Diabetes Mellitus

INTRODUCTION TO DIABETES

Written by StopDiabetes

Diabetes is considered a complex group of diseases with a variety of causes. It is also often called a syndrome, or a combination of associated conditions. In most cases, people with diabetes have a high amount of glucose (a sugar) in their blood, also referred to as high blood glucose (or sugar) levels or, in Diabetes is considered a complex group of diseases with a variety of causes. It is also often called a syndrome, or a combination of associated conditions. In most cases, people with diabetes have a high amount of glucose (a sugar) in their blood, also referred to as high blood glucose (or sugar) levels or, in the case of extremely high glucose levels, hyperglycemia. It is a disease that occurs when for various reasons the body’s cells are unable to absorb excess glucose from the blood, which causes an overabundance of the sugar in the body. This is a very basic definition, as there are several types of diabetes, including type 1, type 2, and gestational diabetes.
For simplicity, and because most media mentions that diabetes is a disease (after all, it does include a collection of diseases with various causes), the remainder of this text will mention diabetes as a “disease” not a “syndrome.”

What is the medical term for the condition caused by the body’s inability to produce or use insulin?

Diabetes mellitus is the medical term for the disease associated with the body’s inability to naturally produce or use insulin. There are two major types—one is considered an autoimmune disease (type 1), and the other is a disorder of the body’s metabolism, or the way the body processes food for energy (type 2). In general, diabetes occurs when the pancreas either produces little or no insulin, or when the cells do not respond appropriately to the insulin that is produced. Because of either of these conditions, glucose (sugar) builds up in the bloodstream (causing high blood glucose levels) and overflows into the urine. This excess amount of glucose is why a health care professional will tell patients newly diagnosed with diabetes that they have “high blood glucose levels.”

What is insulin?

Insulin is a hormone produced by the beta cells in the pancreas, an approximately six-inch-long organ found behind the stomach and below the liver. After a meal is eaten, insulin is released from the pancreas in response to rising blood glucose levels (most foods cause a person’s blood glucose level to rise). The insulin then helps the passage of the glucose, along with amino acids and fatty acids, into the body’s cells, which helps facilitate storage for future energy needs and cellular growth. (For more about insulin and the pancreas, see the chapter “How Diabetes Affects the Endocrine System”; for more details about insulin, see the chapter “Taking Charge of Diabetes.”)

What is insulin resistance?

Insulin resistance is a condition most associated with type 2 diabetes. It occurs when the body’s natural hormone insulin is less effective in reducing a person’s blood glucose levels. This is caused by the body’s cells being resistant to insulin’s action, and/or not enough insulin is made in the pancreas. Either situation makes the glucose levels rise and, if severe enough, can lead to type 2 diabetes and other health problems. (For more about insulin resistance, see the chapter “Prediabetes and Type 2 Diabetes.”)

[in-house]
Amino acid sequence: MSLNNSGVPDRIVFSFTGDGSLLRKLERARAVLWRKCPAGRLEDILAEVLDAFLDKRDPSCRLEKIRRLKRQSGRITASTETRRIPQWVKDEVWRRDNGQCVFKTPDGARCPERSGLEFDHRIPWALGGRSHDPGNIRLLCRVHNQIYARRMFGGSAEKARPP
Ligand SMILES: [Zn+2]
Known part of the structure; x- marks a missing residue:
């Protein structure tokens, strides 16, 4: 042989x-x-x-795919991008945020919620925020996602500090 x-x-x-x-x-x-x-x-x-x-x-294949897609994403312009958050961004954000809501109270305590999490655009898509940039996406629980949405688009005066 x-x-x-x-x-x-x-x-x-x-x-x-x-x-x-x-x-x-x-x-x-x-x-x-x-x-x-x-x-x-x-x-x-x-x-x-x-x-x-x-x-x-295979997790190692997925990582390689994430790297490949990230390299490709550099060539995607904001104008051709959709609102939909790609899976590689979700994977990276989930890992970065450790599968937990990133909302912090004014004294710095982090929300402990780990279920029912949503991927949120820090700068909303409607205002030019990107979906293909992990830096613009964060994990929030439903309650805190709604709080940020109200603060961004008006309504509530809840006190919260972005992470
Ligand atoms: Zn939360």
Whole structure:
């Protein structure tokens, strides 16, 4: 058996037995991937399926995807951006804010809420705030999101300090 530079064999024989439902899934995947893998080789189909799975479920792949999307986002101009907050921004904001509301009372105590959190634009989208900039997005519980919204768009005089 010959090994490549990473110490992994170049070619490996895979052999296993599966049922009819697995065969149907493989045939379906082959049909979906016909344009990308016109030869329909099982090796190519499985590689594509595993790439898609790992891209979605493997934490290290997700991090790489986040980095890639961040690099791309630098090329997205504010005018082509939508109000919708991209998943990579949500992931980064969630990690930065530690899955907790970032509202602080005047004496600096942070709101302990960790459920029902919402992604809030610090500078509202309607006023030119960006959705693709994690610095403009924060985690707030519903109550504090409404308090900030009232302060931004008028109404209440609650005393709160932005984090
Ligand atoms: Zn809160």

What is glucose?

During digestion, the fats, carbohydrates, and proteins consumed are eventually broken down into smaller components that can be used by the body’s cells. One of the components is glucose, a six-carbon sugar that is a fuel providing energy the body’s cells need. It is the imbalance of this glucose in the body—mainly too much glucose—that can lead to diabetes. (For more about glucose and the digestive tract, see the chapter “How Diabetes Affects the Digestive System.”)

What is the difference between “sugar” and “glucose” in discussing diabetes?

The terms “sugar” and “glucose” are often used interchangeably in relation to diabetes. Both terms are actually correct, as glucose is a form of sugar. But the term “sugar” is more commonly used by the public, which is why many people will say they “have sugar” when they are diagnosed with any type of diabetes.

What is glucagon?

Glucagon is a hormone produced by the pancreas’s alpha cells. This hormone is responsible for increasing the concentration of glucose in the blood. It is secreted from the pancreas when the blood glucose levels fall below normal. Glucagon actually stimulates the liver to convert glycogen to glucose, which causes the person’s blood glucose level to rise. It does this by stimulating the production of glucose from amino acids and lactic acid in the liver and stimulates the release of fatty acids from fat (also called adipose) tissues. And when blood glucose levels sufficiently rise in the blood, the secretion of glucagon decreases as part of what is called a negative feedback system. (For more about glucagon and the pancreas, see the chapter “How Diabetes Affects the Endocrine System.”) Glucagon can also be made synthetically and often comes in what is called a “glucagon kit,” which is often used when a person with diabetes experiences a severe hypoglycemic episode, which is when blood sugar gets too low. (For more about glucagon kits, see the chapter “Taking Charge of Diabetes.”)

What does “plasma-glucose level” mean?